• Industry and military officials see both silver linings and gray skies in the Pentagon's cloud computing strategy. Credit: Ivan Cholakov and jannoon0281/Shutterstock, edited by Chris D'Elia
     Industry and military officials see both silver linings and gray skies in the Pentagon's cloud computing strategy. Credit: Ivan Cholakov and jannoon0281/Shutterstock, edited by Chris D'Elia

Reactions to Cloud Strategy Only Partly Sunny

The Cyber Edge
February 6, 2019
By George I. Seffers
E-mail About the Author

Experts seek answers on implementing the cloud computing strategy.


The cloud strategy document released this week by the U.S. Defense Department is drawing mixed reactions from industry and military officials. Experts welcome the strategy as an important step toward modernizing the department’s infrastructure but also express some concerns and note that many questions remain.

The cloud strategy incorporates multiple cloud providers, including the first-ever enterprise general-purpose cloud, known as the Joint Enterprise Defense Infrastructure, or JEDI, which is expected to help the department to put in place enterprise cloud solutions to meet its needs, explains a written announcement accompanying the strategy. The general-purpose cloud can be used by employees who need large-scale computer power at their fingertips.

But because a general-purpose cloud cannot meet every Department of Defense (DOD) need, the department also will use special-purpose, fit-for-purpose or special-purpose clouds. For example, cloud capability allows the DOD to communicate with other agencies, which could be categorized as a special-purpose category. Internal-purpose clouds will be for in-house needs, such as office tools.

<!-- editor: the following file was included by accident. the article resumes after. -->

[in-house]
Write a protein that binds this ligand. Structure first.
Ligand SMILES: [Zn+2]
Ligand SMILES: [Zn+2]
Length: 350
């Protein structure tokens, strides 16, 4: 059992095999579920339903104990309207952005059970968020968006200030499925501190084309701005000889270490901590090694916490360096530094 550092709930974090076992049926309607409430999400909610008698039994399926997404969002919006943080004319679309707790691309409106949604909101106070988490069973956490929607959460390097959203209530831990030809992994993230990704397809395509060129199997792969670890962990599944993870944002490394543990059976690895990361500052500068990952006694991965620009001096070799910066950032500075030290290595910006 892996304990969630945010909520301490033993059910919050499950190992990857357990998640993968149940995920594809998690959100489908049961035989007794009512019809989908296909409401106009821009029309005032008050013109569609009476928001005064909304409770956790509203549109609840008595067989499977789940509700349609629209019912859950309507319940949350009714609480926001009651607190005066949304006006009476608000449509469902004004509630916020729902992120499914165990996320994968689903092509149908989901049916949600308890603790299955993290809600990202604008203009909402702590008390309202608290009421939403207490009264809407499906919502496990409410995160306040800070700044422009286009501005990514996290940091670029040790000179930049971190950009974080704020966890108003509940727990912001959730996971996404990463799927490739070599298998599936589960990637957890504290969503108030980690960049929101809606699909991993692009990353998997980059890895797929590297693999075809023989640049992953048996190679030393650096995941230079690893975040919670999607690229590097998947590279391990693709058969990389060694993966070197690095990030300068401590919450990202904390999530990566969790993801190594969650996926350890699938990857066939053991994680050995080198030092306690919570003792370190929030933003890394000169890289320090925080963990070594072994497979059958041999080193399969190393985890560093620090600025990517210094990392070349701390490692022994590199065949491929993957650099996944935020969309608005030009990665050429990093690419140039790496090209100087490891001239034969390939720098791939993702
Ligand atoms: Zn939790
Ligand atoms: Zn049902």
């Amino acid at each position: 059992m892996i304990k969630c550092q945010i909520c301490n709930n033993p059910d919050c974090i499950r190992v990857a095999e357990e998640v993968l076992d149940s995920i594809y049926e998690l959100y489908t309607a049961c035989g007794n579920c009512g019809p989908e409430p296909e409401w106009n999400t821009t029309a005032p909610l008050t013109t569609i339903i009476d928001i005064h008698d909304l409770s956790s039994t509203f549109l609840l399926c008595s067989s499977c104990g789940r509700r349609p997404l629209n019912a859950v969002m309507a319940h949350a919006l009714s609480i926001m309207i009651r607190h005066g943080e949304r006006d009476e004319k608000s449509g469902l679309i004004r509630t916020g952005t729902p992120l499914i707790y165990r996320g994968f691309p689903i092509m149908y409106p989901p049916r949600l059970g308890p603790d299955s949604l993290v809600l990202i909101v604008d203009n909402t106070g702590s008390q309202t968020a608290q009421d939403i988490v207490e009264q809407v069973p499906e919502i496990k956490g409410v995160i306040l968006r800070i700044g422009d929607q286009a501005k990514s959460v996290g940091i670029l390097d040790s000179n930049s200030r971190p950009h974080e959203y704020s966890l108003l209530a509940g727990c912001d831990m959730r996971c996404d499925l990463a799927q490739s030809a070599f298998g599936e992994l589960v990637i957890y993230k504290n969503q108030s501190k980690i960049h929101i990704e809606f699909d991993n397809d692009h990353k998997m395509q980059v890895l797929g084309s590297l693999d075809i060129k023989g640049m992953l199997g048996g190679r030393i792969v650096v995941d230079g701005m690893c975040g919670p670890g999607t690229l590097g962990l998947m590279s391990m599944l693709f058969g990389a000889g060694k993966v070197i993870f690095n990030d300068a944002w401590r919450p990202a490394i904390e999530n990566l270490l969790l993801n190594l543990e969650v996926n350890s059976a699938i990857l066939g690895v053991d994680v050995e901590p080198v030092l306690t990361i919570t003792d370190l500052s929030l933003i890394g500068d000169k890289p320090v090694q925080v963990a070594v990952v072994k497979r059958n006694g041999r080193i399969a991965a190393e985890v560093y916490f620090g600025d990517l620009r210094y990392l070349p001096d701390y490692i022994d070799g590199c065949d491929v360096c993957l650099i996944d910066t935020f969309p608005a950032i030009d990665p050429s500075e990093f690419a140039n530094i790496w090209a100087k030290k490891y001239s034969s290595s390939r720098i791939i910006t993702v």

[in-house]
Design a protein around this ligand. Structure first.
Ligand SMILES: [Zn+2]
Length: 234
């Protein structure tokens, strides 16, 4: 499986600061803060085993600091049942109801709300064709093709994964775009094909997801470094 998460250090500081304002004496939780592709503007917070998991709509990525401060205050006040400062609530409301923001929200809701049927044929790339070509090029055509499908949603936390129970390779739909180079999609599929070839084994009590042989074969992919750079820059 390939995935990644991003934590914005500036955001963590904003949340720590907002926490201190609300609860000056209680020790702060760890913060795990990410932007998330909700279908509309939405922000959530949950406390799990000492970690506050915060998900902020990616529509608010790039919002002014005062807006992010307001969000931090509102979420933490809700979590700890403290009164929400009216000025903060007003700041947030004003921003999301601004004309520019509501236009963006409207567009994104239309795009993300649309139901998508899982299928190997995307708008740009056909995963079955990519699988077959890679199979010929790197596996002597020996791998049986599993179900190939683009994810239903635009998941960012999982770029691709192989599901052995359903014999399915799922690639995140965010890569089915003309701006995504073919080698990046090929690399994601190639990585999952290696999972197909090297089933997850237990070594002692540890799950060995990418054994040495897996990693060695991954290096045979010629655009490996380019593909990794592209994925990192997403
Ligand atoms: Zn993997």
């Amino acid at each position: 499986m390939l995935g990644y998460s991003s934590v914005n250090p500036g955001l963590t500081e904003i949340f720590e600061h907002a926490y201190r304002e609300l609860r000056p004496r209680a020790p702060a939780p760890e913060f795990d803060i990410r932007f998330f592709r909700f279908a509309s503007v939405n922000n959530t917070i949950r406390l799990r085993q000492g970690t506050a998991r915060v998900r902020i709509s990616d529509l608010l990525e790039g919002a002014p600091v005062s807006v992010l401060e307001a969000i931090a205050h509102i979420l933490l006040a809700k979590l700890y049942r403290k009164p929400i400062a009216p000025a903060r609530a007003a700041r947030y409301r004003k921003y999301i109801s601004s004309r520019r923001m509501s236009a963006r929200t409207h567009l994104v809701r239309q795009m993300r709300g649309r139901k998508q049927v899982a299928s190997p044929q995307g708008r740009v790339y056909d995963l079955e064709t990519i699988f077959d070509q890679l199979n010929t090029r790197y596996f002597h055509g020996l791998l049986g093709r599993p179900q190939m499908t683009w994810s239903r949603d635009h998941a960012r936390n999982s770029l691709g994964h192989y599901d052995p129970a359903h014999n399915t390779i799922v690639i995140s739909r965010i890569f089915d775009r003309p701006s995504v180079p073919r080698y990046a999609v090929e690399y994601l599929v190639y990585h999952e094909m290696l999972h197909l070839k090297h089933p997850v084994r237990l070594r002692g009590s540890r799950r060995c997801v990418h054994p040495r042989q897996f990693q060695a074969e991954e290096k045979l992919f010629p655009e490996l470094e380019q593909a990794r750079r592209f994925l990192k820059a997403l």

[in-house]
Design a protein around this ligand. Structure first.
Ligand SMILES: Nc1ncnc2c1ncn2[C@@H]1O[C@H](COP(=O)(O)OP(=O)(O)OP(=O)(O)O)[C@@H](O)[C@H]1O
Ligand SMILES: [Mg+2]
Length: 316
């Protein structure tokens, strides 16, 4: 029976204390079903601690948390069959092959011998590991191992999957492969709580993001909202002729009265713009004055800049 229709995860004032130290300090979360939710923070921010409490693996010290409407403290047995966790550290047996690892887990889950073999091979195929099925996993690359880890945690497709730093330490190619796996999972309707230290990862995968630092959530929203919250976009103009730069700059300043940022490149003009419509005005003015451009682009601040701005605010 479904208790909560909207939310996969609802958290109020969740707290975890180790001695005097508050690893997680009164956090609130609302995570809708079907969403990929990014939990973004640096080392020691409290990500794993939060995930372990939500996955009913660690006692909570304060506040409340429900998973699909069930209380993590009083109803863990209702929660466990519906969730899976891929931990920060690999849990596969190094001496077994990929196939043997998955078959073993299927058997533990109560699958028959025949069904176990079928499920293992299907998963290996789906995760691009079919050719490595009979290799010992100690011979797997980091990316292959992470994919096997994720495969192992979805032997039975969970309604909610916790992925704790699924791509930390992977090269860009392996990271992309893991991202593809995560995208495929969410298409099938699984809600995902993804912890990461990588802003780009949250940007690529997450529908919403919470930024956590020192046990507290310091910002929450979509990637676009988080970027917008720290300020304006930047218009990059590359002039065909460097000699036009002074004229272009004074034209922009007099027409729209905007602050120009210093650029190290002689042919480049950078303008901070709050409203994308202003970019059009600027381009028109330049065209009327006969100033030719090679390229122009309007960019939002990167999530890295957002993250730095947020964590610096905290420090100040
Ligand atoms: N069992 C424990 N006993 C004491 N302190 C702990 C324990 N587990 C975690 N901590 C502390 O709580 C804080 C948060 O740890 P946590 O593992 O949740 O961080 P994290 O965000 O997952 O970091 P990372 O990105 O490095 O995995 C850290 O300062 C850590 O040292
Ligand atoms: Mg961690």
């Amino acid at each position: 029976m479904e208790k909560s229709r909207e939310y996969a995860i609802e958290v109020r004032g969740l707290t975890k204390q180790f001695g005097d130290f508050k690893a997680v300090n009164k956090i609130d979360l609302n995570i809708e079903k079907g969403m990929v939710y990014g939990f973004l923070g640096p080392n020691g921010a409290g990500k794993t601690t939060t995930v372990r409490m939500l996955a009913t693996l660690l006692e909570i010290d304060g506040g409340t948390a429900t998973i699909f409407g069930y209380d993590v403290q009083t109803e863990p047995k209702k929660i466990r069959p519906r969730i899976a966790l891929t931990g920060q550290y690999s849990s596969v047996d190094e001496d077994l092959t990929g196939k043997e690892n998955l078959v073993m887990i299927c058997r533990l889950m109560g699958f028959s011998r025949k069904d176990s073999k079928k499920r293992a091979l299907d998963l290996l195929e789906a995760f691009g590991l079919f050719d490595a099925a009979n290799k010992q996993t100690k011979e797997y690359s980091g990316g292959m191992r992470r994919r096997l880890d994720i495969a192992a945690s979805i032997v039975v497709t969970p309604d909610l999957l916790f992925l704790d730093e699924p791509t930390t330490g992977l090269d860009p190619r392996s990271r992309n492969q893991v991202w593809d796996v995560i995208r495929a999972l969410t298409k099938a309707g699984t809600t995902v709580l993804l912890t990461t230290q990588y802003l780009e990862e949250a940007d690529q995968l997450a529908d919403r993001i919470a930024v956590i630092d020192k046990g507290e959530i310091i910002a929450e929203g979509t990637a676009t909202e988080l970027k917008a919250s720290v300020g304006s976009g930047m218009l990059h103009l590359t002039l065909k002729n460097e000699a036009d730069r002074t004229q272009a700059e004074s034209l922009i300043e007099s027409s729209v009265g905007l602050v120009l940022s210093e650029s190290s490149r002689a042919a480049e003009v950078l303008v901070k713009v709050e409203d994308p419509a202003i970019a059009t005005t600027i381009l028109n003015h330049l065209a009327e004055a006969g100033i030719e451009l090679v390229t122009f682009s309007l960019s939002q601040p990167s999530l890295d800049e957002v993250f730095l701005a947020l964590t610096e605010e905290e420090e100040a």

The strategy is drawing both praise and concerns from cloud computing experts. Maria Horton, founder and CEO, EmeSec, a Chantilly, Virginia, cloud service provider, says she is happy to see “clear guidance coming forward” from the department. “It affirms for me that there’s no turning back from the cloud-first strategy. That signifies that we are modernizing,” Horton says. She also says she loves the fit-for-purpose, multicloud concept.

Like some others, however, Horton is not enamored with the JEDI portion of the strategy. The Pentagon will pick a single company for the 10-year, potential $10 billion JEDI contract. The approach is often criticized because it is seen as favorable toward Amazon Web Services, which already provides classified cloud services to the intelligence community. Critics also allege it will reduce competition, choke innovation, potentially raise costs and ultimately invite cyber risks.

“It’s reminiscent of betting on a single horse. I’m going to pick a winner, and I’m going to ride it for 10 years? Seriously? Probably the length of time bothers me more than the single player, single winner,” Horton states. “Think about it as if the only type of food you could get was Burger King. If I’m the only company in play in the market, I have the right to charge you whatever I want because I have a long-term contract that says you have to buy from me.”